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I have a page within my angular site that allows the user to run reports based on multiple criteria (think: employeeId, eventId, fromDate, toDate, etc.). After the user has selected the parameters they want to report on, they click the submit button and are presented (on the same page) with a list of search results matching the criteria they selected. They can then click on one of the search results to be taken to the detail page for that item.

My problem is that when the user then clicks the back button, they are returned to the '/reports' url - and none of their search parameters or results are persisted. I'd like them to be returned to the page with the state that existed when they clicked on the detail row (i.e. '/reports?employeeId=2&eventId=7') and am looking for a "best practices" pattern for this use case.

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2 Answers 2

I'm assuming you're using a routing library, either ngRoute which Angular provides for you or a third-party one like ui-router.

If you're using the ngRoute module, you should be able to include a service defined in it called $routeParams that exposes the current route's parameters as an object. If you're using ui-router, you could use $stateParams.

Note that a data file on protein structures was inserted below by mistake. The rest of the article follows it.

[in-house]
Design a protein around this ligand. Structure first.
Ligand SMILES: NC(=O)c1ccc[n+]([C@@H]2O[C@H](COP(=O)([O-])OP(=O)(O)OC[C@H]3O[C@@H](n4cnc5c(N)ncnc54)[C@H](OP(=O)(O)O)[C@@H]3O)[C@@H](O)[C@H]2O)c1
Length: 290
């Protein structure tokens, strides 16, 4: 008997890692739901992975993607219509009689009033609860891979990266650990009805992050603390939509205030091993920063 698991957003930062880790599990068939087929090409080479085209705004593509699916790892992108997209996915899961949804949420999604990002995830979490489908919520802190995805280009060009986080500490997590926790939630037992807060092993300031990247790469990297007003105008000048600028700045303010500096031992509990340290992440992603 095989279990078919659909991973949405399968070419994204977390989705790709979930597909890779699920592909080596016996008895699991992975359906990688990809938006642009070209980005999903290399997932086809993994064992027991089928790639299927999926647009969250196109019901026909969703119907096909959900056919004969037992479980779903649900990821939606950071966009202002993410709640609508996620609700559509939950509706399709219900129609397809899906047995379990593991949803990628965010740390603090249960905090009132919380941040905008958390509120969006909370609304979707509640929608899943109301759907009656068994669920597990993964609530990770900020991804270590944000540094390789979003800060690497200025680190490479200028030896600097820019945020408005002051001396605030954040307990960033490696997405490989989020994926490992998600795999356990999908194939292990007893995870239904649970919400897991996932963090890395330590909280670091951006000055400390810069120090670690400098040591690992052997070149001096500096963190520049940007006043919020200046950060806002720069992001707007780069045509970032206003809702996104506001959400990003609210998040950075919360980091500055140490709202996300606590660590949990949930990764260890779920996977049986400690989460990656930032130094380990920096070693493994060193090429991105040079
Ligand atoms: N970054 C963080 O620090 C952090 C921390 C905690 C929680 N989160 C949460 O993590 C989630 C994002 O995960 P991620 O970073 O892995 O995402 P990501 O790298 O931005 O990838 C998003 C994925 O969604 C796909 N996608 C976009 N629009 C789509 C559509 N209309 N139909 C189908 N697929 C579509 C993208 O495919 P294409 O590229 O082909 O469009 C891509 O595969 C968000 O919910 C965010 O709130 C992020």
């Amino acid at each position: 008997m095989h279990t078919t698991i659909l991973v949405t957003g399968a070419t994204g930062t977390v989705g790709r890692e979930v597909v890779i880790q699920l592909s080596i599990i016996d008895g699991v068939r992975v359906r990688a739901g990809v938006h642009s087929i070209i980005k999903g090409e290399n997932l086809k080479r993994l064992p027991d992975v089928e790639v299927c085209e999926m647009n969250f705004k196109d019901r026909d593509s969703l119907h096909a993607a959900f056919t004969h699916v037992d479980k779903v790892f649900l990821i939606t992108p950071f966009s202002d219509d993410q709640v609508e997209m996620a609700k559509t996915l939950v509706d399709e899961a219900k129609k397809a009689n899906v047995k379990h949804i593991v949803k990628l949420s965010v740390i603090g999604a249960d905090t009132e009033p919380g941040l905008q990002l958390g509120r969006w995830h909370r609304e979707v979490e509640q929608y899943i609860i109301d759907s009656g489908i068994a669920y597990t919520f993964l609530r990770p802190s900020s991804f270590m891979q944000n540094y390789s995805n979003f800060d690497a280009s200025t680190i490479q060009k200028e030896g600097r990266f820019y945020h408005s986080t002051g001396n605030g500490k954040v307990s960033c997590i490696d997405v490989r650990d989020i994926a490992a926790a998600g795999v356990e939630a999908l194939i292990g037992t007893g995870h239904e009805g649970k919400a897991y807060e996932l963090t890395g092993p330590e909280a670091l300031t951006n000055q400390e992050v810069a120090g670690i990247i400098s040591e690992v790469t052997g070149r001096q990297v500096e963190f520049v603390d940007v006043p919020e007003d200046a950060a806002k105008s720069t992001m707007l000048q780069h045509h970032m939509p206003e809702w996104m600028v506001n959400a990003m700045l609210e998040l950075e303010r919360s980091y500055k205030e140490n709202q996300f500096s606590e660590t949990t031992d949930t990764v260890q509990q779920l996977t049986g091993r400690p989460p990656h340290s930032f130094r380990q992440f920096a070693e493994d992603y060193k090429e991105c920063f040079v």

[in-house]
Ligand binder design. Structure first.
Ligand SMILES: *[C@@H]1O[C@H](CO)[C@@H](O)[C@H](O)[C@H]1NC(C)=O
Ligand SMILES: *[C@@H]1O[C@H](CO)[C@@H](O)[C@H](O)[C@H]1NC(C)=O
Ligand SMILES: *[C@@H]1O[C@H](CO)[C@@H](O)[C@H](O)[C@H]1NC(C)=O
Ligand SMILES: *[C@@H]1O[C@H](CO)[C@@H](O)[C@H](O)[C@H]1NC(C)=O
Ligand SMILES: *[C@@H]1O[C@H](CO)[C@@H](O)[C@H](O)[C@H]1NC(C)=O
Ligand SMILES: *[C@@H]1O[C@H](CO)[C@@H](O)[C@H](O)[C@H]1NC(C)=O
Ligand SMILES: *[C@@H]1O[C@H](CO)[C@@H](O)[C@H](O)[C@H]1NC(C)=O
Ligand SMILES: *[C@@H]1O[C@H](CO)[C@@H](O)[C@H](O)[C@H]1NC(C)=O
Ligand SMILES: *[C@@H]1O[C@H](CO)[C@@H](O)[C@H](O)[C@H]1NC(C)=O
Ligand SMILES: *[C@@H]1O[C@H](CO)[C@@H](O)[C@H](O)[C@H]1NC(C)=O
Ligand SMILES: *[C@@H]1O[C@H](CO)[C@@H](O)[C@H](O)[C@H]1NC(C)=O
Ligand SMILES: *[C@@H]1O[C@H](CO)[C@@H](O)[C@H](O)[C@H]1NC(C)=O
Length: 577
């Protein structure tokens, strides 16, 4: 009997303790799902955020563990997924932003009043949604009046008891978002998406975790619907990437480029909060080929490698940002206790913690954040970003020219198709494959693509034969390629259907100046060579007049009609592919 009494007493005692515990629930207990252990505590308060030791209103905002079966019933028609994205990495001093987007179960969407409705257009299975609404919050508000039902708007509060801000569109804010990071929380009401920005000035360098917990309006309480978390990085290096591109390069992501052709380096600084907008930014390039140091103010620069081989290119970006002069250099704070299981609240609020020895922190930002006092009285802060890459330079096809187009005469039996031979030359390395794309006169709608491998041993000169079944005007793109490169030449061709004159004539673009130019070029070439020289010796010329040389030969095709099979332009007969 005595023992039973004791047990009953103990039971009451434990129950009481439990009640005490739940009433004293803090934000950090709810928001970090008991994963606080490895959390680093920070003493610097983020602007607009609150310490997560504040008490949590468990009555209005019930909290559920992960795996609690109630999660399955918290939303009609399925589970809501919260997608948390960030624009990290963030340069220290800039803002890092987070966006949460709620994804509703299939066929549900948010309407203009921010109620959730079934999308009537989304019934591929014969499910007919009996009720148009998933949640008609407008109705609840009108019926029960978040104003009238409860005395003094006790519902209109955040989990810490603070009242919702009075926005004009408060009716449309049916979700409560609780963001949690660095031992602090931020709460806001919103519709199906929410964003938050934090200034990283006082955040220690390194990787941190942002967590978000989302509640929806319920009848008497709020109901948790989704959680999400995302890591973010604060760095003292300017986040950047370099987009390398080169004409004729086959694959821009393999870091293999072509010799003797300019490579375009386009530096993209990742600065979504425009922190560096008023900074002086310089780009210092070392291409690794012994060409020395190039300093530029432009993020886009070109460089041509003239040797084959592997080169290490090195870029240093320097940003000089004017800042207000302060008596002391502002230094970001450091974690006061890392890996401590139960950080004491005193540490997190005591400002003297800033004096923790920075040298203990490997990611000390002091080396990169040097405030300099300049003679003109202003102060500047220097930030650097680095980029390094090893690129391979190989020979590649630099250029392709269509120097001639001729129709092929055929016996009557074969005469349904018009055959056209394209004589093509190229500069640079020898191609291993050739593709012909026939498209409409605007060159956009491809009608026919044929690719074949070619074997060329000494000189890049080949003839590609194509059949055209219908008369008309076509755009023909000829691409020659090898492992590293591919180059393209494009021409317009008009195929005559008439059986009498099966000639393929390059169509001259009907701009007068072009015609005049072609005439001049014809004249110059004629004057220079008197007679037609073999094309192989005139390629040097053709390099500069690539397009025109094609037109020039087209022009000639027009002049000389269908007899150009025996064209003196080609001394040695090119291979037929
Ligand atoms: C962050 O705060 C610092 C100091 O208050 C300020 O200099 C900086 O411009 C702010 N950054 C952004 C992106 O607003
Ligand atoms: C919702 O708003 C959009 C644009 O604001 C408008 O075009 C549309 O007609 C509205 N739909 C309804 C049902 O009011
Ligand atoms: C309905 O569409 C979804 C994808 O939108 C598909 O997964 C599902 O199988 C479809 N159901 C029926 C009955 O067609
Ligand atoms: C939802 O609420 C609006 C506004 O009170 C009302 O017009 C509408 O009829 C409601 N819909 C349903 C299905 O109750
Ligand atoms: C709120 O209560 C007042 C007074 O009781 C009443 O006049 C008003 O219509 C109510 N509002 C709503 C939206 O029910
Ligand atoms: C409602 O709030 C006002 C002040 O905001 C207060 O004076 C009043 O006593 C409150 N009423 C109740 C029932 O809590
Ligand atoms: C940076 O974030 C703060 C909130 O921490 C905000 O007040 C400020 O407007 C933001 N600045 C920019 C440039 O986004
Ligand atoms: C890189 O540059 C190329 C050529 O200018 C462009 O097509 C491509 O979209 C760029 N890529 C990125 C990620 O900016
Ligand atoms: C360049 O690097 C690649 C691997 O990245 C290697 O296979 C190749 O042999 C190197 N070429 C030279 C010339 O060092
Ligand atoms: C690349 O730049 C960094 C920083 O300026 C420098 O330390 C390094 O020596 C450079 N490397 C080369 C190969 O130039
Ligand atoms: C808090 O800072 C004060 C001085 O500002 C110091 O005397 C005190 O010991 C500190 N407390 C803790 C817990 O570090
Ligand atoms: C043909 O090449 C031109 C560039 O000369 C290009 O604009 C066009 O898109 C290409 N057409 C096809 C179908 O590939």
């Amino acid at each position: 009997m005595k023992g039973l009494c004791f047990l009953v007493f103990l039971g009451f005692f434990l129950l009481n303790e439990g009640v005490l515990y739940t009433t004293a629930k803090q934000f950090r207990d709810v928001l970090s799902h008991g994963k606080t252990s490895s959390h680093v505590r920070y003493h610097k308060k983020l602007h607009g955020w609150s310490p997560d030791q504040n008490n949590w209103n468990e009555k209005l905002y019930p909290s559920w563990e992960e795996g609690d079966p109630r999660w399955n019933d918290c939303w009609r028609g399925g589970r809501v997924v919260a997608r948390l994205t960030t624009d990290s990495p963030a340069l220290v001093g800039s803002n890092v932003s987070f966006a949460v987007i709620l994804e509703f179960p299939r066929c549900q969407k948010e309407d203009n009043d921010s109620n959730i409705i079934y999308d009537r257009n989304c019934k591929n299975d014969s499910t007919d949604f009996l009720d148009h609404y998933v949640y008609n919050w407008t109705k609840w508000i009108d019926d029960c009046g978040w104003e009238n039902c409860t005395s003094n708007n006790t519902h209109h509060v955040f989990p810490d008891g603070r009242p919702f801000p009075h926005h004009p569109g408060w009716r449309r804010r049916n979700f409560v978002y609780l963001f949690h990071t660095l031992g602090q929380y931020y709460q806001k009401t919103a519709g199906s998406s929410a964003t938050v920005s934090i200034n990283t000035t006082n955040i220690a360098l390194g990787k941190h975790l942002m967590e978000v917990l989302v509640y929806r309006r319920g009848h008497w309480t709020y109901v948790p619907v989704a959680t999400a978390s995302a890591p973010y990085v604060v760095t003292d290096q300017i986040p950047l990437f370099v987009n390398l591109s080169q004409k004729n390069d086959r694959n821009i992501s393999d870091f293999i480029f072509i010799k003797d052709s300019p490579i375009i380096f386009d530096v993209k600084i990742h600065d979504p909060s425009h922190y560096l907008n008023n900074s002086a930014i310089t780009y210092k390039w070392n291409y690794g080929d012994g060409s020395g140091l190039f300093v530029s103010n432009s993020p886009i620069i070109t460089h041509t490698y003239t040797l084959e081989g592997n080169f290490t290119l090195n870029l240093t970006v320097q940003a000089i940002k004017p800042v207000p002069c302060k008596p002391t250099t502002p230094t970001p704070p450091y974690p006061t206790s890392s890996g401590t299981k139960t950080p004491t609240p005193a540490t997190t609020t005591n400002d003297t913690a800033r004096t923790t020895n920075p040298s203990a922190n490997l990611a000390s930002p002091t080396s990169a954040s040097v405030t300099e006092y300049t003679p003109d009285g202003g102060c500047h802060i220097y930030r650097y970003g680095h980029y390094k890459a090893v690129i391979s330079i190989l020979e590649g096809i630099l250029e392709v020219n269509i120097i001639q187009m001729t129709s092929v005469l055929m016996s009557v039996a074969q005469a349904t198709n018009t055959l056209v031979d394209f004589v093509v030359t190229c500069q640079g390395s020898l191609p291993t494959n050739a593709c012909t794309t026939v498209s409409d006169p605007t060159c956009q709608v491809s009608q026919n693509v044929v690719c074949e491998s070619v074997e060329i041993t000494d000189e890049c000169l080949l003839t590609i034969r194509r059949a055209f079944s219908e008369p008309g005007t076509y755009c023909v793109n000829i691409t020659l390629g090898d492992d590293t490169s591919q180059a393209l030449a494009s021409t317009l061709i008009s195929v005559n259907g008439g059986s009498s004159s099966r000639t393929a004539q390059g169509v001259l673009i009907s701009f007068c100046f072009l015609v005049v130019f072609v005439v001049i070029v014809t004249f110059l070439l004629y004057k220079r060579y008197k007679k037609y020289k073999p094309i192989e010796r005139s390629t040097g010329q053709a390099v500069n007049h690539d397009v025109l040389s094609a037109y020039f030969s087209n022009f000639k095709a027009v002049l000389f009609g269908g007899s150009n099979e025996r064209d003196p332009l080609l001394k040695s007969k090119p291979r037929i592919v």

The actual persistence of the route parameters as you navigate between pages and click the back button is handled by the $location service using the history.pushState browser API.

To better understand how routing works in Angular, check out this tutorial on the Angular site.

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You can store this piece of information using HTML5 Web Storage API. Look for some examples here http://diveintohtml5.info/storage.html.

So you can store a dictionary like collection in the localstorage which maps each View (or page if you will) to the values that it handles.

For example, you can store an object like the following:

data = {
    reportPage: {
        employeeId: 2,
        eventId: 7,
        ...
    }
}

Then when you click the back-button, you can pre-load this data in you activate method, for example.

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why would someone down-vote without explaining the reason? –  ppoliani Feb 17 '14 at 20:37

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